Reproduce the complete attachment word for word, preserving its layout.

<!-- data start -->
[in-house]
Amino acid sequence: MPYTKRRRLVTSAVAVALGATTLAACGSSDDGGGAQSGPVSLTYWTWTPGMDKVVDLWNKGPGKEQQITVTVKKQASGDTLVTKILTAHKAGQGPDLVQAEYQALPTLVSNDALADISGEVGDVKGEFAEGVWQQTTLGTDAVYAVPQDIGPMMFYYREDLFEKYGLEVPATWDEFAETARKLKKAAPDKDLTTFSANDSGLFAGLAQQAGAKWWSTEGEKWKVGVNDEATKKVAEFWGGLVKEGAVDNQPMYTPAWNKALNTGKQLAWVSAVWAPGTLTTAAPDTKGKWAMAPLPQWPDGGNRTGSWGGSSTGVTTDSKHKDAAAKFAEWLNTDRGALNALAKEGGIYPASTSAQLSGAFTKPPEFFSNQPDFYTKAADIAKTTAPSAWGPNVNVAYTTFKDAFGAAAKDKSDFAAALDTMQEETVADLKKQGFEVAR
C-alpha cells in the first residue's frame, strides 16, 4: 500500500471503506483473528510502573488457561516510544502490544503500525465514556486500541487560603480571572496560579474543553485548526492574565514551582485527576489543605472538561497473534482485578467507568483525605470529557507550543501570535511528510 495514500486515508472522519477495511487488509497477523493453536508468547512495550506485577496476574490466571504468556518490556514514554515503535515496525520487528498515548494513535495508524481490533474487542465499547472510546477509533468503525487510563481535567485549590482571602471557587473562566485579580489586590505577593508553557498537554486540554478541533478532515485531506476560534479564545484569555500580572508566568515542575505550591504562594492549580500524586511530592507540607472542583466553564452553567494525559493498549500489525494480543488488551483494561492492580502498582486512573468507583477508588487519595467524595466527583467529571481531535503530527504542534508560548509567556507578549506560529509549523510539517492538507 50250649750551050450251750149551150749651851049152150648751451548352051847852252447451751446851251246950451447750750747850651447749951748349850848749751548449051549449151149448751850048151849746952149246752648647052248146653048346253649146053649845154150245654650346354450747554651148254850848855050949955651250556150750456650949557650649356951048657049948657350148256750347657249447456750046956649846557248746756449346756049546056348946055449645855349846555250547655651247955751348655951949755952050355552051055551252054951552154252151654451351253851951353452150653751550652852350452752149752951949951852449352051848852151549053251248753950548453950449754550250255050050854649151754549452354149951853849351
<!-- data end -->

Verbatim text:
[in-house]
Amino acid sequence: MPYTKRRRLVTSAVAVALGATTLAACGSSDDGGGAQSGPVSLTYWTWTPGMDKVVDLWNKGPGKEQQITVTVKKQASGDTLVTKILTAHKAGQGPDLVQAEYQALPTLVSNDALADISGEVGDVKGEFAEGVWQQTTLGTDAVYAVPQDIGPMMFYYREDLFEKYGLEVPATWDEFAETARKLKKAAPDKDLTTFSANDSGLFAGLAQQAGAKWWSTEGEKWKVGVNDEATKKVAEFWGGLVKEGAVDNQPMYTPAWNKALNTGKQLAWVSAVWAPGTLTTAAPDTKGKWAMAPLPQWPDGGNRTGSWGGSSTGVTTDSKHKDAAAKFAEWLNTDRGALNALAKEGGIYPASTSAQLSGAFTKPPEFFSNQPDFYTKAADIAKTTAPSAWGPNVNVAYTTFKDAFGAAAKDKSDFAAALDTMQEETVADLKKQGFEVAR
C-alpha cells in the first residue's frame, strides 16, 4: 500500500471503506483473528510502573488457561516510544502490544503500525465514556486500541487560603480571572496560579474543553485548526492574565514551582485527576489543605472538561497473534482485578467507568483525605470529557507550543501570535511528510 495514500486515508472522519477495511487488509497477523493453536508468547512495550506485577496476574490466571504468556518490556514514554515503535515496525520487528498515548494513535495508524481490533474487542465499547472510546477509533468503525487510563481535567485549590482571602471557587473562566485579580489586590505577593508553557498537554486540554478541533478532515485531506476560534479564545484569555500580572508566568515542575505550591504562594492549580500524586511530592507540607472542583466553564452553567494525559493498549500489525494480543488488551483494561492492580502498582486512573468507583477508588487519595467524595466527583467529571481531535503530527504542534508560548509567556507578549506560529509549523510539517492538507 50250649750551050450251750149551150749651851049152150648751451548352051847852252447451751446851251246950451447750750747850651447749951748349850848749751548449051549449151149448751850048151849746952149246752648647052248146653048346253649146053649845154150245654650346354450747554651148254850848855050949955651250556150750456650949557650649356951048657049948657350148256750347657249447456750046956649846557248746756449346756049546056348946055449645855349846555250547655651247955751348655951949755952050355552051055551252054951552154252151654451351253851951353452150653751550652852350452752149752951949951852449352051848852151549053251248753950548453950449754550250255050050854649151754549452354149951853849351